Brian: No. Helen, Helen, Helen, please. Now, look, I know I’m not real well-known for coming through on things, but I wanna prove to Joe that I can do this. I wanna prove to myself that I can do this.
Helen: Have you considered you might be getting in over your head a little here?
Brian: You—you really have that little confidence in my ability?
Helen: “That little” implies that I have some. I have none.
Fay: Brian, I’m back with the travel agents. They had a wonderful time.
Brian: Seldom in life does one achieve such immediate vindication. Kenny! Go warm up the plane and start your pre-flight.
Kenny: Aye, aye, sir. I never doubted you for a minute.
Brian: Kid’s a natural suck-up. So, they all had a really nice time, huh?
Fay: Oh, yes. They enjoyed the cranberry bog—
Fay: And the whaling museum, but they really loved it when I took them through Herman Melville’s house.
Brian: Fay, Herman Melville never lived on Nantucket.
Fay: He didn’t?
Brian shakes his head.
Fay: Well, that certainly explains why that lady in the towel was screaming at us.
Helen: Ok, ok, ok. So you pulled this one thing off.
Brian: Thank you. Thank you very much. And who knows, maybe some of the things that I’ve set in motion will actually pan out, and maybe by the time Joe gets back here, Sandpiper will no longer be a one-plane operation.
Kenny runs back to the office.
Kenny: Mr. Hackett! The plane’s missing!
Brian: See? What do you mean the plane is missing?
Kenny: Well, it was out on the tarmac a few minutes ago, but—but now it’s gone.
Brian: Well, then the plane can’t be missing, bubbala.
Kenny: Oh, my mom’s always complaining that I’m losing things. First my jacket at the park, then my baseball glove, now the plane.
Brian runs back to the office.
Brian: The plane is missing!
Helen: Oh! You lost the plane?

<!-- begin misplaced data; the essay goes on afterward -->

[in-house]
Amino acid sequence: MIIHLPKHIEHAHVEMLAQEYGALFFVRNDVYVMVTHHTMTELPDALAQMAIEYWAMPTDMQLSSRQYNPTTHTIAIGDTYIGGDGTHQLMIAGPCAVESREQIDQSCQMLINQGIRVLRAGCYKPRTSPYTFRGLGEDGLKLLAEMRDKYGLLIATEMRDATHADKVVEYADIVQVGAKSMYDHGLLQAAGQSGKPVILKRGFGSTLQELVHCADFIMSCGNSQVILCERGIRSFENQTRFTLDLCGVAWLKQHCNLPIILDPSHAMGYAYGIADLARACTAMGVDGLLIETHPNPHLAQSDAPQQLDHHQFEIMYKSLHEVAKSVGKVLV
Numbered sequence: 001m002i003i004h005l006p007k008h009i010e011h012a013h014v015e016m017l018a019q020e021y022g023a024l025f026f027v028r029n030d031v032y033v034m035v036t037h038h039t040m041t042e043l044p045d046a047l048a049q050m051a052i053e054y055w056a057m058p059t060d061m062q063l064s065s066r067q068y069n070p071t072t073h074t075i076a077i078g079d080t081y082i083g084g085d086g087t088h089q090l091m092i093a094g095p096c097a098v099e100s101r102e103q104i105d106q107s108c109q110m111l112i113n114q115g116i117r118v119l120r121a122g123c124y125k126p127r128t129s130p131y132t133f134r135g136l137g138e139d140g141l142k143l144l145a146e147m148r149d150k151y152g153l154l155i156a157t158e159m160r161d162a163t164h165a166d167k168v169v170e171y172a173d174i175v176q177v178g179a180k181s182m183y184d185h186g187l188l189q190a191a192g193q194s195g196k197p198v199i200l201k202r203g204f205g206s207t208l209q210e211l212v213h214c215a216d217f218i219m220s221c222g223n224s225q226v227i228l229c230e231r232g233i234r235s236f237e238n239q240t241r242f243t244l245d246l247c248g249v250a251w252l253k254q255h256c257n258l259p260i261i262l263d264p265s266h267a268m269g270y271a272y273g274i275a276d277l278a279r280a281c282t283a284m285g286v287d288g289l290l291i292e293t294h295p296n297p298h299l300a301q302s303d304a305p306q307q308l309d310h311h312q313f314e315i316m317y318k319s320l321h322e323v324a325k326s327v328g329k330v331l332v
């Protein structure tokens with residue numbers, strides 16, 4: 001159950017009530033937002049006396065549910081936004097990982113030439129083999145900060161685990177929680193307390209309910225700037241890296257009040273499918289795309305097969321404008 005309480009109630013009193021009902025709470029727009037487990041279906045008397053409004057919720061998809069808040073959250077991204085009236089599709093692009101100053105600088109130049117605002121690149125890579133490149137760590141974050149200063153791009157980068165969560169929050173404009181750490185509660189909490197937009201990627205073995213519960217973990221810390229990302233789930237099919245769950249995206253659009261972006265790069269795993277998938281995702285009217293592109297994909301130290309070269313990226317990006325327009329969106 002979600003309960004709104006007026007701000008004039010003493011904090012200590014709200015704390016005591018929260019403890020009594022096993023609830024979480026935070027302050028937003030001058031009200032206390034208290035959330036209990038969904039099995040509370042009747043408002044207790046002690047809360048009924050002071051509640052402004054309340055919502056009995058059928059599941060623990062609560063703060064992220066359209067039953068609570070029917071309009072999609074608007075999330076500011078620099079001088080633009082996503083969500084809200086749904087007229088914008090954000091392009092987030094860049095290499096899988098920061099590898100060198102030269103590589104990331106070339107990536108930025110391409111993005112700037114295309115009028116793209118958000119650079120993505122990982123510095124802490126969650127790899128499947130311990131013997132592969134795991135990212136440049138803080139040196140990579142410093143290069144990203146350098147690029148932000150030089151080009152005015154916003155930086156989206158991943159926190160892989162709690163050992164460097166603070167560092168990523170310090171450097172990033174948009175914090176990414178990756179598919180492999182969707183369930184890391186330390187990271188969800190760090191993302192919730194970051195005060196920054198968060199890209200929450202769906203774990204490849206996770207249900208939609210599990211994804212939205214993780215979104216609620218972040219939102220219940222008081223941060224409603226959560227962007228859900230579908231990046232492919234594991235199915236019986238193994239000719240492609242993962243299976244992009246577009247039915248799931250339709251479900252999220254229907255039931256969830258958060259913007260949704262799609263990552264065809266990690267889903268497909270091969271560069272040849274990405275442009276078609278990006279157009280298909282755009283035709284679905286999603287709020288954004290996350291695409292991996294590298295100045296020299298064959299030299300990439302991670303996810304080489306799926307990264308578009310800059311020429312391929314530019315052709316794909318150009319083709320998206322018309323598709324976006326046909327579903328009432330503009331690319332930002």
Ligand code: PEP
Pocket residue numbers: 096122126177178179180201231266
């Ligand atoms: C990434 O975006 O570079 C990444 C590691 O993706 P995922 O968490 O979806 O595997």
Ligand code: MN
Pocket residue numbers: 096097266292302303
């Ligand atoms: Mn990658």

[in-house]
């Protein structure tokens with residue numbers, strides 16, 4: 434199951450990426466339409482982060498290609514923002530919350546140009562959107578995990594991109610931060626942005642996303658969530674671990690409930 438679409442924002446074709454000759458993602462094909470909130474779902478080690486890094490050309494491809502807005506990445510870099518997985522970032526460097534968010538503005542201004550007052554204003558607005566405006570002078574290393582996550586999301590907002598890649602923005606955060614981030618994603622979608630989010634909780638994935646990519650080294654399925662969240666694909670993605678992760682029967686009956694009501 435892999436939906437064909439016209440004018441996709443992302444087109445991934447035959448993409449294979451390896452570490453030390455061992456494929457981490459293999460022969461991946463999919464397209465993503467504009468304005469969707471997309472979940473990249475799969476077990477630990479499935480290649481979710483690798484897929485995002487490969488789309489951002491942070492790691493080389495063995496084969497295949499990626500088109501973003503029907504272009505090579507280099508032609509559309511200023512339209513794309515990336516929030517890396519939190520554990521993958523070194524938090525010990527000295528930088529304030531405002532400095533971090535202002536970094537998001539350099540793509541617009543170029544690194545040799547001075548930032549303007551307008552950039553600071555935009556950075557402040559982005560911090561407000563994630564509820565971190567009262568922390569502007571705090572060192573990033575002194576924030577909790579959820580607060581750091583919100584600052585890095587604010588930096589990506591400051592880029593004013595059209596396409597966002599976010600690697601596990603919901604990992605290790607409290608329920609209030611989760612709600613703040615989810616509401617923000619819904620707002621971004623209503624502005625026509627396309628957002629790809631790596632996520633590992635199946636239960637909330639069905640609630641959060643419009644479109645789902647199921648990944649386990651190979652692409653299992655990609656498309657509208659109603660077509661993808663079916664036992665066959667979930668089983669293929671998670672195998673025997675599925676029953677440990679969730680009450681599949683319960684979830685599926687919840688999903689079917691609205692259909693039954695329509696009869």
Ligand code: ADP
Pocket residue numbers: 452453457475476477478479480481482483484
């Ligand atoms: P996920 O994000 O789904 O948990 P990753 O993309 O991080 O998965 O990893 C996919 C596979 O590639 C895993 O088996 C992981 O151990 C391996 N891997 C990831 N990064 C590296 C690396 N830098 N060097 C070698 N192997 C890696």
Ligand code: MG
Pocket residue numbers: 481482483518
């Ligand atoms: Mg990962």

Brian: No, I—I…
Helen: You lost Joe’s plane? How could you lose the plane, Brian? Tell me, how could you lose a plane?
Brian: What did I ever see in you?
Fay enters the office.
Fay: Brian, do you want to say a few words to the travel agents before they leave?
Fay: Uh, then I should go ahead and start loading them.
Brian: Mmm, no.
Fay: Are we having a problem?
Helen: Actually, Fay—
Brian covers Helen’s mouth to stop her from talking.
Brian: Kenny ate one of Helen’s clam burritos for lunch and he’s payin’ the piper right now. Now, listen, Fay, I really need you to stall these people out there. Why don’t you sing them one of your Irish folk songs, hmm?
Fay: I think I can be a little more clever than that.
Fay leaves the office.
Brian: Ok, Kenny, I want you to hop on your bike. I want you to turn this airport upside down. We’ve got to find that plane.
Kenny: Yes, sir.
Brian; And, Kenny, I don’t wanna put any pressure on you, but you lost it, you find it or else I’ll hunt you down and I will kill you!
Kenny leaves. Helen makes her way out the door.
Brian: Helen, Helen. Helen, Helen! You’re not gonna call Joe, are you?
Helen: What, and tell him you lost the plane? Are you out of your mind? You want me to give him a heart attack? All I can tell you buddy, is you better find the plane, and find it fast!
Helen makes her way out the door. Outside, Fay is singing.
Helen turns to Brian.
Helen: Real fast.
Brian: It’s a big plane. Has to be here somewhere.
Brian sighs, looks up, and puts his hands together in prayer.
Brian: Look, I know I probably don’t deserve this, but if you could just give me a few minutes of peace, I can really sort this out.
There’s a knock on the door. A man in suit enters the Sandpiper Air office. Fay is still singing in the background.